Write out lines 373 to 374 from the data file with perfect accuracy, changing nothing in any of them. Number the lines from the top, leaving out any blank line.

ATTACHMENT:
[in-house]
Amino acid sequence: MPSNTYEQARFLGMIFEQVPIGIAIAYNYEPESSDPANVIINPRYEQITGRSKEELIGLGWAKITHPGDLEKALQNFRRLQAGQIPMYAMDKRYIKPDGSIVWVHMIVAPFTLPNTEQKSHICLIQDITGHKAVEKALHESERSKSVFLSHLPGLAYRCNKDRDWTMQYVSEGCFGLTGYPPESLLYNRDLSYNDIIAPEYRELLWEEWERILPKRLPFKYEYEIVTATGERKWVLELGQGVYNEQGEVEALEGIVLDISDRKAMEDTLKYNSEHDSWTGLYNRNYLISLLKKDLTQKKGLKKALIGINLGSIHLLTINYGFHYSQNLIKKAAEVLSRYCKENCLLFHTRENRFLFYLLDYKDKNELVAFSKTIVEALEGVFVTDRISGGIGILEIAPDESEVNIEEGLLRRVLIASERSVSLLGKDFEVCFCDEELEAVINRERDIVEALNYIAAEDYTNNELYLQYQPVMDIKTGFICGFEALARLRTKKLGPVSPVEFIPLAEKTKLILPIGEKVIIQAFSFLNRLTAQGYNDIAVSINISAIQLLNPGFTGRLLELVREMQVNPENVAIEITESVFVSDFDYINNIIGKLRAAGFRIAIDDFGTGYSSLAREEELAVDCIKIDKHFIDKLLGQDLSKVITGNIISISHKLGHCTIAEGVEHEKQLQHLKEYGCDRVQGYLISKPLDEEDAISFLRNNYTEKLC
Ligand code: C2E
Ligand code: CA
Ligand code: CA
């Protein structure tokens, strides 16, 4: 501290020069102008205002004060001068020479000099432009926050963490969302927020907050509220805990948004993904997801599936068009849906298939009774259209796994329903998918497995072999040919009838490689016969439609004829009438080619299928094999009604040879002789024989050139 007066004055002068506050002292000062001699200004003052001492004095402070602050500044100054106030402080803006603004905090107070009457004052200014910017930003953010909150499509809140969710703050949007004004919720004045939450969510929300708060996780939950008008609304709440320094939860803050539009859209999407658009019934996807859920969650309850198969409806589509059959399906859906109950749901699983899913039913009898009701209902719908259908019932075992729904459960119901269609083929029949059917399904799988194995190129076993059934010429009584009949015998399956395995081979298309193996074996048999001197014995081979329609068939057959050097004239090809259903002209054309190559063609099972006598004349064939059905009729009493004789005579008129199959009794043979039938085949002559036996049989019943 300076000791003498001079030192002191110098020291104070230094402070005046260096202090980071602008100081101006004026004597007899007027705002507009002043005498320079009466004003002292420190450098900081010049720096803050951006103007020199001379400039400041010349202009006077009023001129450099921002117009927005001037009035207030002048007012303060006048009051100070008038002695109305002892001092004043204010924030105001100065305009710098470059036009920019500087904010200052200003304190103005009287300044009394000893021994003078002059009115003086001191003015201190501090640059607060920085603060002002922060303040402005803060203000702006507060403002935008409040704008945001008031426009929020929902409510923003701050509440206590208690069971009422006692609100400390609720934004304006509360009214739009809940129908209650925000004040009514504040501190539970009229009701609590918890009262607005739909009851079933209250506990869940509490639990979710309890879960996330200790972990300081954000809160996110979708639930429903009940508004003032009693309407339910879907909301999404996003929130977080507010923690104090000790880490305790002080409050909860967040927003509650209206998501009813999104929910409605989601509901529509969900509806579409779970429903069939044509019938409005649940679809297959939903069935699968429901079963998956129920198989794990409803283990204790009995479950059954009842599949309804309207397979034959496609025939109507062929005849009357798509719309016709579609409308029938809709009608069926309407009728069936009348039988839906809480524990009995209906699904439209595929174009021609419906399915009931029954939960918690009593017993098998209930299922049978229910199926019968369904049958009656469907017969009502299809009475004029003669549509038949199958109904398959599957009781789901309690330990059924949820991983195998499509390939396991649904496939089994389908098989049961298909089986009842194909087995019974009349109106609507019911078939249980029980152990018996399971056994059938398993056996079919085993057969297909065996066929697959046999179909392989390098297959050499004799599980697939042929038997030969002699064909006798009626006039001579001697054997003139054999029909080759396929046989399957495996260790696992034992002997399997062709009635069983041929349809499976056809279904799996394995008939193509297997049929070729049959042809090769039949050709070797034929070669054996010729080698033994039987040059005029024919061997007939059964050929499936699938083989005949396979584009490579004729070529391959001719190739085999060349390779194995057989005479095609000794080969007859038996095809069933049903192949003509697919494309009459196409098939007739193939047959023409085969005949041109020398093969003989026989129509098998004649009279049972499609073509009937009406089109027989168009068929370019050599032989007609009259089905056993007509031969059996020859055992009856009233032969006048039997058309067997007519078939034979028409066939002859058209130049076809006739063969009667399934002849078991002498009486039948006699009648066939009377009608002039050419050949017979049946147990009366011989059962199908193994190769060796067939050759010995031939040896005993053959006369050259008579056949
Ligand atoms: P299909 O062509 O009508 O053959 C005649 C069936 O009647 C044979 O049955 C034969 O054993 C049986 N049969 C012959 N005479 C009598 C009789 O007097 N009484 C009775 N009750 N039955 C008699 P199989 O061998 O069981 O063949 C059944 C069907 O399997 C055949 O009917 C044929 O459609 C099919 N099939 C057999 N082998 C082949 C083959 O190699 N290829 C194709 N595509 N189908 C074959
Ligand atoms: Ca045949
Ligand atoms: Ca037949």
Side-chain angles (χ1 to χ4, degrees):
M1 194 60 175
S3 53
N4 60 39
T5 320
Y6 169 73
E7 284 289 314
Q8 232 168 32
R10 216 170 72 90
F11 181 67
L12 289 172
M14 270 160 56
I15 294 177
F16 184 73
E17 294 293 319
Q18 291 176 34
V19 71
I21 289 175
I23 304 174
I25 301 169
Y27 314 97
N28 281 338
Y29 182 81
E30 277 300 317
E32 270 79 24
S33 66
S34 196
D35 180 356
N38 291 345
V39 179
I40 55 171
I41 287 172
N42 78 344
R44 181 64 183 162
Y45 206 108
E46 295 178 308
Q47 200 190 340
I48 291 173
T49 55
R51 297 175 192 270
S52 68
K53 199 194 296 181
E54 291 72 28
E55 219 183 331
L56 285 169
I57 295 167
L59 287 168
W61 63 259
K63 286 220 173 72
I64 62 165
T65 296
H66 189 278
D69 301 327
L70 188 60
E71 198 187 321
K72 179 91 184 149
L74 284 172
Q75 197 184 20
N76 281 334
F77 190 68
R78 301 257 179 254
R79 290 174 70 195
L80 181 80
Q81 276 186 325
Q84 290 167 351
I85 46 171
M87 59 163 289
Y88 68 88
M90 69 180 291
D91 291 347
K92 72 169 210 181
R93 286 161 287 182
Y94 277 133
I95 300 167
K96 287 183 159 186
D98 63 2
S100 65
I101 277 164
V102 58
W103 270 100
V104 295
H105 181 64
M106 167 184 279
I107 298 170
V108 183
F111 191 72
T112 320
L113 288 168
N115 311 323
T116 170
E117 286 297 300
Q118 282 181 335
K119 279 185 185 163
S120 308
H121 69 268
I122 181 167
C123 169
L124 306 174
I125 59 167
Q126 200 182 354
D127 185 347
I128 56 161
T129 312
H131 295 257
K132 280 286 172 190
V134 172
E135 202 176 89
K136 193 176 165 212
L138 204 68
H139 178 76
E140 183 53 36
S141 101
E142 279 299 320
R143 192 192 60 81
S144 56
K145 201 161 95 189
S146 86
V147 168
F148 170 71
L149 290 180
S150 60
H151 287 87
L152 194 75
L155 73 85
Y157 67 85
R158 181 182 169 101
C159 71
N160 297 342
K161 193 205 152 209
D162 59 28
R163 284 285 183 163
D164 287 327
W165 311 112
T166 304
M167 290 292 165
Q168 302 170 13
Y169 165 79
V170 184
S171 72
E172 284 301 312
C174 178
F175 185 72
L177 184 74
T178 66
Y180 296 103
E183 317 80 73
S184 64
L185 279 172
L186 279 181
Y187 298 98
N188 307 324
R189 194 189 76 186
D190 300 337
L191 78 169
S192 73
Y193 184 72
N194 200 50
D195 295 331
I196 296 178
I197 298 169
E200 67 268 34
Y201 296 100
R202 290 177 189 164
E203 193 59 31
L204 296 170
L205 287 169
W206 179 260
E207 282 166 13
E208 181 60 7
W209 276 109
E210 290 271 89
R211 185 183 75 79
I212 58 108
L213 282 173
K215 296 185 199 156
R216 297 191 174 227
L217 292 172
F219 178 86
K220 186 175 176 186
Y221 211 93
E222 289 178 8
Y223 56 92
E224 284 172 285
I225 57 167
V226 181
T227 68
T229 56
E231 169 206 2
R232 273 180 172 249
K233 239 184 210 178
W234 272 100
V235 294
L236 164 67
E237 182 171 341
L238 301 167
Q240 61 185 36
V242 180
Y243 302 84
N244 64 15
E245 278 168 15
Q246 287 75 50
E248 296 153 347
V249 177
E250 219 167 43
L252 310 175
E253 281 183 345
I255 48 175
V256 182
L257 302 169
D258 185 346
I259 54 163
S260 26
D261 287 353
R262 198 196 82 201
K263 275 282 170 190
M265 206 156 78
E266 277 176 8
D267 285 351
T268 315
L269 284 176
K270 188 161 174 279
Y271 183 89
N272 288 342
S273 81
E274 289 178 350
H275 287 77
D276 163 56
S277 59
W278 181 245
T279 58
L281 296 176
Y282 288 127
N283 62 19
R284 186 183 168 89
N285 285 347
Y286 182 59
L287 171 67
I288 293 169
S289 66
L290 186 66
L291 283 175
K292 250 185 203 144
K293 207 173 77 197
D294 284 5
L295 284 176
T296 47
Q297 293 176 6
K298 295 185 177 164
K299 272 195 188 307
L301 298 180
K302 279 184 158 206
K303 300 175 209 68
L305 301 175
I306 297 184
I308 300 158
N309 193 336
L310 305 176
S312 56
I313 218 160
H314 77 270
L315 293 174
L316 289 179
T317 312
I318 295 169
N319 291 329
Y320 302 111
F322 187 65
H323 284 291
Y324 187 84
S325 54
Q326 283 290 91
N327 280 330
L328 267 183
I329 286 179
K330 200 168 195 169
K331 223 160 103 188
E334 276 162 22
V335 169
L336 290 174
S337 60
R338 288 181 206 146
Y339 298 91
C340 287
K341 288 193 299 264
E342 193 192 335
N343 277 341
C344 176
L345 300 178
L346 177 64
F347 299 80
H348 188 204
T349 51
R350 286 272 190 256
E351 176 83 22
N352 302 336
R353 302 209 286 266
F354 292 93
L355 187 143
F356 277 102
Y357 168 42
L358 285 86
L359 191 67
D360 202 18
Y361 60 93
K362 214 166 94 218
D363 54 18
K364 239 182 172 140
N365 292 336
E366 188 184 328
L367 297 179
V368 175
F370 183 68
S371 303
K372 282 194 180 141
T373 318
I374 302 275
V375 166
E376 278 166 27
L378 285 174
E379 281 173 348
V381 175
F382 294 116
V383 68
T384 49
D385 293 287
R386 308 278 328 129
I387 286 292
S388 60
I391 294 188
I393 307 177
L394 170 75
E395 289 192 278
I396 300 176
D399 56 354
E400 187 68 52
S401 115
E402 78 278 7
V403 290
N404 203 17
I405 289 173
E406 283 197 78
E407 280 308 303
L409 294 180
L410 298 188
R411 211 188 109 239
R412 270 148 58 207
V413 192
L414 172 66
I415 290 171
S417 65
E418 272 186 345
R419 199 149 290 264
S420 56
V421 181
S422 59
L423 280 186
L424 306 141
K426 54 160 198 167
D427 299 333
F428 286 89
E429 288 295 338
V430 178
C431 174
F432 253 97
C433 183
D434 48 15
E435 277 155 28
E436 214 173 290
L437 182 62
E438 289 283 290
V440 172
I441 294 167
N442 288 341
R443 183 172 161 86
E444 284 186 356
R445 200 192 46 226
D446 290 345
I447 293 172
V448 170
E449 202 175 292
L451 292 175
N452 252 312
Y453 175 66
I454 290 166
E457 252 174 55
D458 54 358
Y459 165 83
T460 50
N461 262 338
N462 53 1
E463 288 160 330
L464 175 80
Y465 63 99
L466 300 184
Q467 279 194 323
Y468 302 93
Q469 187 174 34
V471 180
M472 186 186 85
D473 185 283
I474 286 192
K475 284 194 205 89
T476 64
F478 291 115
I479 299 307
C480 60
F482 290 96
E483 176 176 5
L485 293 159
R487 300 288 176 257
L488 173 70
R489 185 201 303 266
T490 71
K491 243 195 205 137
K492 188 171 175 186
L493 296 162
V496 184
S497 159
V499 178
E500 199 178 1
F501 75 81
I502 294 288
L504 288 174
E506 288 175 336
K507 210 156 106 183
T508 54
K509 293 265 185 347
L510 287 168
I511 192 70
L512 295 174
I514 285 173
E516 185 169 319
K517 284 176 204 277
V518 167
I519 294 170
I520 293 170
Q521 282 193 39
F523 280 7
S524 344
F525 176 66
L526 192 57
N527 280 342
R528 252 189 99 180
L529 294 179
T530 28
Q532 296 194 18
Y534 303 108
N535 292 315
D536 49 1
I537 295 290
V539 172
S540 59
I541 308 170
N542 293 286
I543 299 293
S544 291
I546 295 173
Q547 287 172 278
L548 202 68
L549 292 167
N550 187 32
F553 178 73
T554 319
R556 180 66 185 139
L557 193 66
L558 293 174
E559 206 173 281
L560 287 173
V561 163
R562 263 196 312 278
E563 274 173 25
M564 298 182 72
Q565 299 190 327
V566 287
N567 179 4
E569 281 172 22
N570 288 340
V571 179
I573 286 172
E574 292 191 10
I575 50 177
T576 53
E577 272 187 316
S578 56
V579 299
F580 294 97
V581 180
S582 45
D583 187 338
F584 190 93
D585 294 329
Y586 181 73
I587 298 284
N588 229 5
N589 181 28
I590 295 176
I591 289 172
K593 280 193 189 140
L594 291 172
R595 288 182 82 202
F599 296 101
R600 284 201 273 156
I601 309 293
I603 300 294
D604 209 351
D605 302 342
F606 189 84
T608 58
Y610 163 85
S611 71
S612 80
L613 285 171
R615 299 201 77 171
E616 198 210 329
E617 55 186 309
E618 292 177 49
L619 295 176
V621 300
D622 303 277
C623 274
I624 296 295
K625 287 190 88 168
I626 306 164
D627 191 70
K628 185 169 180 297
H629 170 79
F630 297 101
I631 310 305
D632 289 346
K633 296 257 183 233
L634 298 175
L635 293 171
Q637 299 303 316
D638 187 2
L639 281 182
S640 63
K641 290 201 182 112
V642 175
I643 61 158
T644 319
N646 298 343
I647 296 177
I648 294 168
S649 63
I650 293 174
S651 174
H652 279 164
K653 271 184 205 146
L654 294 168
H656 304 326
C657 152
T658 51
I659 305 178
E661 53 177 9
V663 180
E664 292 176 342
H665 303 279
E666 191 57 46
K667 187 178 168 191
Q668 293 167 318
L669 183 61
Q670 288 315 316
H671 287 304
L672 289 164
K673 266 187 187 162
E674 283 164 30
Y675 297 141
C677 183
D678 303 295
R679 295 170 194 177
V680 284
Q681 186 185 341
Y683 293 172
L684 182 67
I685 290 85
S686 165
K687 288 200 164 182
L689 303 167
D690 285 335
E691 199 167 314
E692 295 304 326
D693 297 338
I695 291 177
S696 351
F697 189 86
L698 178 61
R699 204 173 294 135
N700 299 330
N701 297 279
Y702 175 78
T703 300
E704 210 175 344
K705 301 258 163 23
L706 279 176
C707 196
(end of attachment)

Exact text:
F432 253 97
C433 183